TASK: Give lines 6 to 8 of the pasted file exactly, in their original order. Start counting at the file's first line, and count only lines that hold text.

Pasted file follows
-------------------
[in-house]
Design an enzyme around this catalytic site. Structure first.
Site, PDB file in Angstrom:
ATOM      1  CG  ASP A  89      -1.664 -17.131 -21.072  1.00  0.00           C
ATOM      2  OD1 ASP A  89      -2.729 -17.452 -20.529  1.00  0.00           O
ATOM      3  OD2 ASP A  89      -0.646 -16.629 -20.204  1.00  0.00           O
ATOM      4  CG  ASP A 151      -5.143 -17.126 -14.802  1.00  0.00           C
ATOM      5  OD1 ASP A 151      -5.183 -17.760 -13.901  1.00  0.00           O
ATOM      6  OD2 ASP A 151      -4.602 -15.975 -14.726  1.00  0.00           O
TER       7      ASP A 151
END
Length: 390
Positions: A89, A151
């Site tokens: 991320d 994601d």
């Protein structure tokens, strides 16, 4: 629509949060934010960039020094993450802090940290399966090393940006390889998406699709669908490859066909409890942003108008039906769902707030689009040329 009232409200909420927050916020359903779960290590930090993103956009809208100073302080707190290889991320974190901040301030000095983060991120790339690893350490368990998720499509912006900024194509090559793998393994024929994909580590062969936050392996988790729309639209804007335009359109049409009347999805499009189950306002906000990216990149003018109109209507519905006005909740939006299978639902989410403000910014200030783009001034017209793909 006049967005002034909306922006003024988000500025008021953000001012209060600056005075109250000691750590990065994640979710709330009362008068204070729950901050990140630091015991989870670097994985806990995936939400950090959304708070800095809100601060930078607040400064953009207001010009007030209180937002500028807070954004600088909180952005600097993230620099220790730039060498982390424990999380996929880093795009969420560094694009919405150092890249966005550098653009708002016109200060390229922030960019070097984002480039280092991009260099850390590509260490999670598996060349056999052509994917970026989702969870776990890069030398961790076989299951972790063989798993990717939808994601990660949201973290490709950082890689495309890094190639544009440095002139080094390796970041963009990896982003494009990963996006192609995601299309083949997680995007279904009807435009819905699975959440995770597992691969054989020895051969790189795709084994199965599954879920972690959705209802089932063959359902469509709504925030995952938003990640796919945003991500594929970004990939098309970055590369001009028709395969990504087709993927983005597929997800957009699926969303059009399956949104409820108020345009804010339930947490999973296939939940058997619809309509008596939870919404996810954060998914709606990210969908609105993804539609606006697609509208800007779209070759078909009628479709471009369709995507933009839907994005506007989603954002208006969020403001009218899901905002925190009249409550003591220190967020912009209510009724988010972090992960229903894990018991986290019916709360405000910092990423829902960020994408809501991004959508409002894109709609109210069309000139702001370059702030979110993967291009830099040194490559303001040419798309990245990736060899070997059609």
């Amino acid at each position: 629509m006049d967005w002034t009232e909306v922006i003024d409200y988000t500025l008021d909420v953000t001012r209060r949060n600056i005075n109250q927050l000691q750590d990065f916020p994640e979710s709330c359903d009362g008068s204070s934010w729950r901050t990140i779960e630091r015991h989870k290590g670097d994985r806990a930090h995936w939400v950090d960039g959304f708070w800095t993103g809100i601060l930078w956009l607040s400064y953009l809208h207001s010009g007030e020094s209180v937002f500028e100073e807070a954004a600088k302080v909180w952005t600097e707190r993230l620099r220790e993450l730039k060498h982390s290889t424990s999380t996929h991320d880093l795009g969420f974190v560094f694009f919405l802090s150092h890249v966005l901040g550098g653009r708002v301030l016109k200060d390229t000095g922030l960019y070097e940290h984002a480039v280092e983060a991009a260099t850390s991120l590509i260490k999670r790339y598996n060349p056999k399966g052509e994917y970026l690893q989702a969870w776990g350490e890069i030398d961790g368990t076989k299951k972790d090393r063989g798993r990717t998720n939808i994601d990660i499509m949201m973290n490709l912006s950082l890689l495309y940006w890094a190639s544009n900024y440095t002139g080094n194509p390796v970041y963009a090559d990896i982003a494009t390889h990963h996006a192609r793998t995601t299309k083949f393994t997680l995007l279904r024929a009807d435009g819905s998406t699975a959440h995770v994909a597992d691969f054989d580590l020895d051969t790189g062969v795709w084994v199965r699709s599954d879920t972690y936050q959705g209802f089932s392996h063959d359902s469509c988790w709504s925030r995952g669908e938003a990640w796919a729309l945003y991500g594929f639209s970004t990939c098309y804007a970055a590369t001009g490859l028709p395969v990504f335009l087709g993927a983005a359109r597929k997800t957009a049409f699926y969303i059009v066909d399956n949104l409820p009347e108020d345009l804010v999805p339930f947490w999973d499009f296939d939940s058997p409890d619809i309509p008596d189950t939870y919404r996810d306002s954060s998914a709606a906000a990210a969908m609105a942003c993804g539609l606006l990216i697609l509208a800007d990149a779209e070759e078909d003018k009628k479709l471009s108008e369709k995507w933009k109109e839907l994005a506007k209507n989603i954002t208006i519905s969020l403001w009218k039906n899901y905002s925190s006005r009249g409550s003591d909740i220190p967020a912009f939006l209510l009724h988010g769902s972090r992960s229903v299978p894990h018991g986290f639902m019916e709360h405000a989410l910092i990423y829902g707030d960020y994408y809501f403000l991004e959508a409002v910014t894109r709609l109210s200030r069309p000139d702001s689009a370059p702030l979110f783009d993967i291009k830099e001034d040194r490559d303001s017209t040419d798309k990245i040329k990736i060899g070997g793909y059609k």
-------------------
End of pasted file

ATOM      3  OD2 ASP A  89      -0.646 -16.629 -20.204  1.00  0.00           O
ATOM      4  CG  ASP A 151      -5.143 -17.126 -14.802  1.00  0.00           C
ATOM      5  OD1 ASP A 151      -5.183 -17.760 -13.901  1.00  0.00           O